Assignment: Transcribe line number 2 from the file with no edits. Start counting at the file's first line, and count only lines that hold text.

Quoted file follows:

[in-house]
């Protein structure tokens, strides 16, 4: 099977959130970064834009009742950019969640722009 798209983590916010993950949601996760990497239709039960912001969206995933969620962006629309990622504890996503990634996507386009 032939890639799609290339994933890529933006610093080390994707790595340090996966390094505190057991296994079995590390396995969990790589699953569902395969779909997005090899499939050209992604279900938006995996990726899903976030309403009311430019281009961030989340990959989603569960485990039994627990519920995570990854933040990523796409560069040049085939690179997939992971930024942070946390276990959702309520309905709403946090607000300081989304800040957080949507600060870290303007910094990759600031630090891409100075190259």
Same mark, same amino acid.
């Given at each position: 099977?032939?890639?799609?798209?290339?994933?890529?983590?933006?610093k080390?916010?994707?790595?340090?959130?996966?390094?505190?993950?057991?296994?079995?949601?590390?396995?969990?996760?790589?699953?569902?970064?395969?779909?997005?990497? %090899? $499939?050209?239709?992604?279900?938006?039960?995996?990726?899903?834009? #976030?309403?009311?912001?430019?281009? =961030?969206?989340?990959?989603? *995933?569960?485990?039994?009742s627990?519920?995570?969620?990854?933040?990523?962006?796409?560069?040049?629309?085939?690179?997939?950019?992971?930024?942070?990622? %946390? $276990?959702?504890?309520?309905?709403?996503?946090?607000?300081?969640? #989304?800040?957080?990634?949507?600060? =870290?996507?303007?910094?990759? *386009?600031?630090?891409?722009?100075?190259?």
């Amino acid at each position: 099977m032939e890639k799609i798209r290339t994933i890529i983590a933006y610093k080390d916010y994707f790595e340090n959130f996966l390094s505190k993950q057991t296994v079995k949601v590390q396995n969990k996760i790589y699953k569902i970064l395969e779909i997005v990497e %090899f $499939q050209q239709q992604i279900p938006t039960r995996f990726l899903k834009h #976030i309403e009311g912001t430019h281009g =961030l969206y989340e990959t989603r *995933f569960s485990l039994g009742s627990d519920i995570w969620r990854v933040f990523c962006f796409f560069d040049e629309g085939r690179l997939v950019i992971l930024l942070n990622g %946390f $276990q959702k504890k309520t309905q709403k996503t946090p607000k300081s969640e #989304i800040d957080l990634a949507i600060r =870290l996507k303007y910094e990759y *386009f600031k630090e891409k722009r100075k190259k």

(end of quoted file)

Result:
């Protein structure tokens, strides 16, 4: 099977959130970064834009009742950019969640722009 798209983590916010993950949601996760990497239709039960912001969206995933969620962006629309990622504890996503990634996507386009 032939890639799609290339994933890529933006610093080390994707790595340090996966390094505190057991296994079995590390396995969990790589699953569902395969779909997005090899499939050209992604279900938006995996990726899903976030309403009311430019281009961030989340990959989603569960485990039994627990519920995570990854933040990523796409560069040049085939690179997939992971930024942070946390276990959702309520309905709403946090607000300081989304800040957080949507600060870290303007910094990759600031630090891409100075190259």